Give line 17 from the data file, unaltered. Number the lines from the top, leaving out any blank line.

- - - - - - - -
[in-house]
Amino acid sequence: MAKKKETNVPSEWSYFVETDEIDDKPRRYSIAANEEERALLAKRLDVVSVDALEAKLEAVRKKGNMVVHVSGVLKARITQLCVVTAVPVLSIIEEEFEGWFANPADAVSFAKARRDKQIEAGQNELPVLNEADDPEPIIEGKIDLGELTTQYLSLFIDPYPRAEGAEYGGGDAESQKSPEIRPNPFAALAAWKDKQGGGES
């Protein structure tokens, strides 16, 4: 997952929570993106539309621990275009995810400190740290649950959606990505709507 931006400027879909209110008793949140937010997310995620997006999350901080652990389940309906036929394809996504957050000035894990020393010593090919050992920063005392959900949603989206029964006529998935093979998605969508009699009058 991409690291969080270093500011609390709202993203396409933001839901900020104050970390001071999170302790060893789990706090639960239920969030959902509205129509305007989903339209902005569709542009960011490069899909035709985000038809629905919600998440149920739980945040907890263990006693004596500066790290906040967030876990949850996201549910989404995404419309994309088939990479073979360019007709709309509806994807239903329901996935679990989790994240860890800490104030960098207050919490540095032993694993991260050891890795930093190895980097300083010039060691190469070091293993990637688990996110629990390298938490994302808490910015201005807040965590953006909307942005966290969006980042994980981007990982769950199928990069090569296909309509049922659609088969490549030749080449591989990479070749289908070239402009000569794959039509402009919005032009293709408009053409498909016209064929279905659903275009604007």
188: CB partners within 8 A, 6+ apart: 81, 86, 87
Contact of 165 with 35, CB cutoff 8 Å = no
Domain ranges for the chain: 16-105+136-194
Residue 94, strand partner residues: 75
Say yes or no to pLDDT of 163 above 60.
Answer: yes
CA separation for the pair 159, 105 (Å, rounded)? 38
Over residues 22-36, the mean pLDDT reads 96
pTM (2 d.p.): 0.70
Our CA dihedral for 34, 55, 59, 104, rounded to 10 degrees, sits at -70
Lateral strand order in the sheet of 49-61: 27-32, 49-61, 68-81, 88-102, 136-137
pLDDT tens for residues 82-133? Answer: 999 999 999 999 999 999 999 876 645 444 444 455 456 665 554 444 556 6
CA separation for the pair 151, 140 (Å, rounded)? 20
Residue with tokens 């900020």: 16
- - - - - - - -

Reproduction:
Residue with tokens 């900020």: 16